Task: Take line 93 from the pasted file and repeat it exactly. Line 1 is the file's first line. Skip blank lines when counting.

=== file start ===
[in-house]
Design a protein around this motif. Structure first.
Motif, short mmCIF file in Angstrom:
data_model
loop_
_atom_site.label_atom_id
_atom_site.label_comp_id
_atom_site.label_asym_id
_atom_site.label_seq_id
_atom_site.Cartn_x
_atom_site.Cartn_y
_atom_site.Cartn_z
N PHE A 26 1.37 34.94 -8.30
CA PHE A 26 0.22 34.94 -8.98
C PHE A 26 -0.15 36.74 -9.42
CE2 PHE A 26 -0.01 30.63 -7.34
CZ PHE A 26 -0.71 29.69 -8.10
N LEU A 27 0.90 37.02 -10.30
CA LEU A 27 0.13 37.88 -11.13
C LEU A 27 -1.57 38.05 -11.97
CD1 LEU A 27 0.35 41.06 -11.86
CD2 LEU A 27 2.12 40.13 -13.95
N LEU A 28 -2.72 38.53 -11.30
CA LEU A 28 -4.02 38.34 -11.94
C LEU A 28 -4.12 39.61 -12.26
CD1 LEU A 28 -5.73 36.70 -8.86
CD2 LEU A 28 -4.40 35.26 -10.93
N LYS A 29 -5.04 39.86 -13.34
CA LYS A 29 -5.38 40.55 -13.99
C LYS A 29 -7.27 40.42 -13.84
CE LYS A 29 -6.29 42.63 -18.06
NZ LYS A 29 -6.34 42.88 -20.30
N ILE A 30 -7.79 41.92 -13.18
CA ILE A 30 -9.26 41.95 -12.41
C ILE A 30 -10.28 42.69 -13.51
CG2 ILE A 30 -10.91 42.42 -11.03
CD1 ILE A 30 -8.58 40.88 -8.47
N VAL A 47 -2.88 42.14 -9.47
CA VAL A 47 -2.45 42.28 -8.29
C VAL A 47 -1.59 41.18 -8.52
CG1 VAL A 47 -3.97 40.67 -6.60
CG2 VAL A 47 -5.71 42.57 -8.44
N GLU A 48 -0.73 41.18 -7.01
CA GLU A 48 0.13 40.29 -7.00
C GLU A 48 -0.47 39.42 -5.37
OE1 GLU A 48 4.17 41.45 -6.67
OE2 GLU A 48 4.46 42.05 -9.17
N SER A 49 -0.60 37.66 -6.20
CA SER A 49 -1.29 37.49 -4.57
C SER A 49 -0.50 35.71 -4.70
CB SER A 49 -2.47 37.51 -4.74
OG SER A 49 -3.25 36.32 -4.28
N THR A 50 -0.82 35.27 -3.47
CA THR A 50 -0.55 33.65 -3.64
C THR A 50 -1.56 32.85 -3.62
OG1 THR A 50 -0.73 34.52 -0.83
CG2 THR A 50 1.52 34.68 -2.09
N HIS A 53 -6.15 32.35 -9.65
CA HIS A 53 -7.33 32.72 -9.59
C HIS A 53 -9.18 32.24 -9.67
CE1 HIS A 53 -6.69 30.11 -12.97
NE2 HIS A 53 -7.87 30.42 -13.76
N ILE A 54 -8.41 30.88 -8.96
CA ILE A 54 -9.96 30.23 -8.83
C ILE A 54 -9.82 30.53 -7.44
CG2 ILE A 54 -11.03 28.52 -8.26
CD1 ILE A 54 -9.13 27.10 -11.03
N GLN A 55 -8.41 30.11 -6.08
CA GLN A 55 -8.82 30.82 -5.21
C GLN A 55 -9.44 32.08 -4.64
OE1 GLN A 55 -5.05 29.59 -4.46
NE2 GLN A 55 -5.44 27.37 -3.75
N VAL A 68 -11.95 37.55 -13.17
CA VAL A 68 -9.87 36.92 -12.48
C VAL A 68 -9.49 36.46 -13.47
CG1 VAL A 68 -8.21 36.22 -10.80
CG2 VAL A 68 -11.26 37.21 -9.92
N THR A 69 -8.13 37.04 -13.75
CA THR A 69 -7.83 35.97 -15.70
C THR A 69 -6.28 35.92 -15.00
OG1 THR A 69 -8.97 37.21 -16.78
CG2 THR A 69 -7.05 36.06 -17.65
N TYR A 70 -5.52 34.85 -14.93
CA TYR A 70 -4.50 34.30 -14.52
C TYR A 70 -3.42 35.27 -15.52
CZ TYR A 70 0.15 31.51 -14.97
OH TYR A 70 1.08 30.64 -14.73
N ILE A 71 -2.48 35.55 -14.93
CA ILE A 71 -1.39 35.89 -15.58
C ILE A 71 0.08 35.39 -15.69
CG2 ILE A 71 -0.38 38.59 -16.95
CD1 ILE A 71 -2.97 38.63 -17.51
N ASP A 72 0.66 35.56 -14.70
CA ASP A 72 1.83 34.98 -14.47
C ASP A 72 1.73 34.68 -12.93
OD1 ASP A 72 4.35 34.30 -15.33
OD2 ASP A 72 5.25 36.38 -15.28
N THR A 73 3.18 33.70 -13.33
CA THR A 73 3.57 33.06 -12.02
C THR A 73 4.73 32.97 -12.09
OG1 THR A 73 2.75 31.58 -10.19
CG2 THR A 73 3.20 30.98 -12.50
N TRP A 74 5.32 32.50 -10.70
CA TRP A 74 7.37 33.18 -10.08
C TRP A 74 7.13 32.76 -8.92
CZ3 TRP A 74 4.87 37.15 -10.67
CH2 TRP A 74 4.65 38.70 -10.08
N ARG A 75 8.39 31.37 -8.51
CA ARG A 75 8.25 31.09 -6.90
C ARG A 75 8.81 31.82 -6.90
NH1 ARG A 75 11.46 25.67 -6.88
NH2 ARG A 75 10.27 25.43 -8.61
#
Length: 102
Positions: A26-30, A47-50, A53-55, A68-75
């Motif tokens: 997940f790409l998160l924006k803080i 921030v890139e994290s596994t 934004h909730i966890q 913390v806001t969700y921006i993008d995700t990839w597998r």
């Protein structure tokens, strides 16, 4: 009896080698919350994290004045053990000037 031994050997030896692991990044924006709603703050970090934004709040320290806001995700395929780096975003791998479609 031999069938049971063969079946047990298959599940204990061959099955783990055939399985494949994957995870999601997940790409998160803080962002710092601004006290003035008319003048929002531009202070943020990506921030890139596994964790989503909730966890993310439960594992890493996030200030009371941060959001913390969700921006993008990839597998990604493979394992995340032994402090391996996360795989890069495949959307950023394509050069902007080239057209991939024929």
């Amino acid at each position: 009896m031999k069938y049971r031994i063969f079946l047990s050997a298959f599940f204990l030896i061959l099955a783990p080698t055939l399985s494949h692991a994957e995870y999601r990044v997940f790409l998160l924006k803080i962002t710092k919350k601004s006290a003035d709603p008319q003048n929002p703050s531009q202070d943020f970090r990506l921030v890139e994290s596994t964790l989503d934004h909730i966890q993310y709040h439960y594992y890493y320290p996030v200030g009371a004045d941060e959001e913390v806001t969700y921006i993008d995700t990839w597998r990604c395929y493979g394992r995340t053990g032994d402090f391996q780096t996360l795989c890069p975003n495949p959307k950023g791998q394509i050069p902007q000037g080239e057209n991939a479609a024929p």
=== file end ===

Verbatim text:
N ASP A 72 0.66 35.56 -14.70